Experimentally testing the accuracy of an extinction estimator: Solow's optimal linear estimation model
Article first published online: 15 OCT 2012
© 2012 The Authors. Journal of Animal Ecology © 2012 British Ecological Society
Journal of Animal Ecology
Volume 82, Issue 2, pages 345–354, March 2013
How to Cite
Clements, C. F., Worsfold, N. T., Warren, P. H., Collen, B., Clark, N., Blackburn, T. M., Petchey, O. L. (2013), Experimentally testing the accuracy of an extinction estimator: Solow's optimal linear estimation model. Journal of Animal Ecology, 82: 345–354. doi: 10.1111/1365-2656.12005
- Issue published online: 18 FEB 2013
- Article first published online: 15 OCT 2012
- Manuscript Accepted: 9 SEP 2012
- Manuscript Received: 29 MAR 2012
- Natural Environment Research Council
- Zoological Society of London
- Rufford Foundation
- extinction estimation;
- optimal linear estimation;
- protist microcosm;
- Solow model;
- Mathematical methods for inferring time to extinction have been widely applied but poorly tested. Optimal linear estimation (also called the ‘Weibull’ or ‘Weibull extreme value’ model) infers time to extinction from a temporal distribution of species sightings. Previous studies have suggested optimal linear estimation provides accurate estimates of extinction time for some species; however, an in-depth test of the technique is lacking.
- The use of data from wild populations to gauge the error associated with estimations is often limited by very approximate estimates of the actual extinction date and poor sighting records. Microcosms provide a system in which the accuracy of estimations can be tested against known extinction dates, whilst incorporating a variety of extinction rates created by changing environmental conditions, species identity and species richness.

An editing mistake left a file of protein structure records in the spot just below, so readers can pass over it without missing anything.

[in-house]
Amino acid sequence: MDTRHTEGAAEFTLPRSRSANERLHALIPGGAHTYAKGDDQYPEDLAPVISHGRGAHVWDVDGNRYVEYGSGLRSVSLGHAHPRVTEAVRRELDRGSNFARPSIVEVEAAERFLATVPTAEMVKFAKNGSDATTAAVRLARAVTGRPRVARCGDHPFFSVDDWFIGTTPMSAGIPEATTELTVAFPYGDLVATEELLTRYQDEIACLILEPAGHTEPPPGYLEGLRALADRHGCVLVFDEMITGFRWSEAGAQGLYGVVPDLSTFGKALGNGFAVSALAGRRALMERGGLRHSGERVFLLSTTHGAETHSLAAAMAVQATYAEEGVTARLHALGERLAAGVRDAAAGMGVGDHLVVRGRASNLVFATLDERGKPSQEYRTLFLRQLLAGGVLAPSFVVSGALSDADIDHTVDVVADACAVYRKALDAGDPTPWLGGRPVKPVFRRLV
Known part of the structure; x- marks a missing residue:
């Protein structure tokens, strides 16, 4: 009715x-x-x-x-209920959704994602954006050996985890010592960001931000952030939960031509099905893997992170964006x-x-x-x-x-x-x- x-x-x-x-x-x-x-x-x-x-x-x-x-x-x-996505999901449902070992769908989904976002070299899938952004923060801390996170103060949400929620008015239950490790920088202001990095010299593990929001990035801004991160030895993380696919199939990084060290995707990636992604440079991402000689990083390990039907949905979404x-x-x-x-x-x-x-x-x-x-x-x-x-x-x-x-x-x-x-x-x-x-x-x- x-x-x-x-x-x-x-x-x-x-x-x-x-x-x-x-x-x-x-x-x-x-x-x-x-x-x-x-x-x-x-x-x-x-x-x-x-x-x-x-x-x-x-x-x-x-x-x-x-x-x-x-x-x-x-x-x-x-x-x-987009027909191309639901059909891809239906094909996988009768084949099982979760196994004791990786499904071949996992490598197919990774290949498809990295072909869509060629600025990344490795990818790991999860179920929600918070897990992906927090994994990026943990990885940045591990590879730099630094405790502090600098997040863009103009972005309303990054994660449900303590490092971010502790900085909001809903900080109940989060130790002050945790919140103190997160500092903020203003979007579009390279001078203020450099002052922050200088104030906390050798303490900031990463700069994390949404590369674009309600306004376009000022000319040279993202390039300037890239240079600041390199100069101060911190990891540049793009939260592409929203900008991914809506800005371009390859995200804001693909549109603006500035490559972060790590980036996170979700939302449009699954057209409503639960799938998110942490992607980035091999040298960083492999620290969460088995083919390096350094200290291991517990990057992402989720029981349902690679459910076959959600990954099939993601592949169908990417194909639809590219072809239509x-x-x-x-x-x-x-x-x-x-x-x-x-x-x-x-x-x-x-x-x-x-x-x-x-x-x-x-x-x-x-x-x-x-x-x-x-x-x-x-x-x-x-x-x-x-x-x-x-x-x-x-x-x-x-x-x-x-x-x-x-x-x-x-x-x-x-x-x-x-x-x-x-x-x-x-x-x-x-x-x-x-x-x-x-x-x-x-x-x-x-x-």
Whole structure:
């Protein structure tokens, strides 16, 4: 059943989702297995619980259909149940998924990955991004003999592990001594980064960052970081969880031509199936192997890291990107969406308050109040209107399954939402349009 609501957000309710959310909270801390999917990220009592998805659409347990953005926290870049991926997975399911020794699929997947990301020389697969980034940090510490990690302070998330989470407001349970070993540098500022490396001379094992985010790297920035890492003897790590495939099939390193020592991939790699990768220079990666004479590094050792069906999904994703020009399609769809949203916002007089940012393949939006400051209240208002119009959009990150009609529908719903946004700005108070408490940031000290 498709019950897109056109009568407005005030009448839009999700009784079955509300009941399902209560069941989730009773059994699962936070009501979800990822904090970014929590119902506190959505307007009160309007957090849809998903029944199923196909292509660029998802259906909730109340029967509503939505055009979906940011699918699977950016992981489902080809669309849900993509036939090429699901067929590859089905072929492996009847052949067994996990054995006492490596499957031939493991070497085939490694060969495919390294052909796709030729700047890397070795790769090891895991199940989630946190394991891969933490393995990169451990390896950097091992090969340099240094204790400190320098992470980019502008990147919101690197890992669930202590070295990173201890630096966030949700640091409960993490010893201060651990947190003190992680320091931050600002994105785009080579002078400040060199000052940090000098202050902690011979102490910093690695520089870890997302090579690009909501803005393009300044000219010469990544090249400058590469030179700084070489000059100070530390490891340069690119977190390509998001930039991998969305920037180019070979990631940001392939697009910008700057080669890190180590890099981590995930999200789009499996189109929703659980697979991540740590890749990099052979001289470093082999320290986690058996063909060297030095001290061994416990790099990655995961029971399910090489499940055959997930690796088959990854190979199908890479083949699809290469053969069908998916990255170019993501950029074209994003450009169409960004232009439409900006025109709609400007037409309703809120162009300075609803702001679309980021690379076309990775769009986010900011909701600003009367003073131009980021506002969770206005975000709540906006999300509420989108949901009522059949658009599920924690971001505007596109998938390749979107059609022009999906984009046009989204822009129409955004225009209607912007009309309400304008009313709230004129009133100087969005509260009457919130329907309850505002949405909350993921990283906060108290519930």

- We present the first use of experimental microcosm data to exhaustively test the accuracy of one sighting-based method of inferring time of extinction under a range of search efforts, search regimes, sighting frequencies and extinction rates.
- Our results show that the accuracy of optimal linear estimation can be affected by both observer-controlled parameters, such as change in search effort, and inherent features of the system, such as species identity. Whilst optimal linear estimation provides generally accurate and precise estimates, the technique is susceptible to both overestimation and underestimation of extinction date.
- Microcosm experiments provide a framework within which the accuracy of extinction predictors can be clearly gauged. Variables such as search effort, search regularity and species identity can significantly affect the accuracy of estimates and should be taken into account when testing extinction predictors in the future.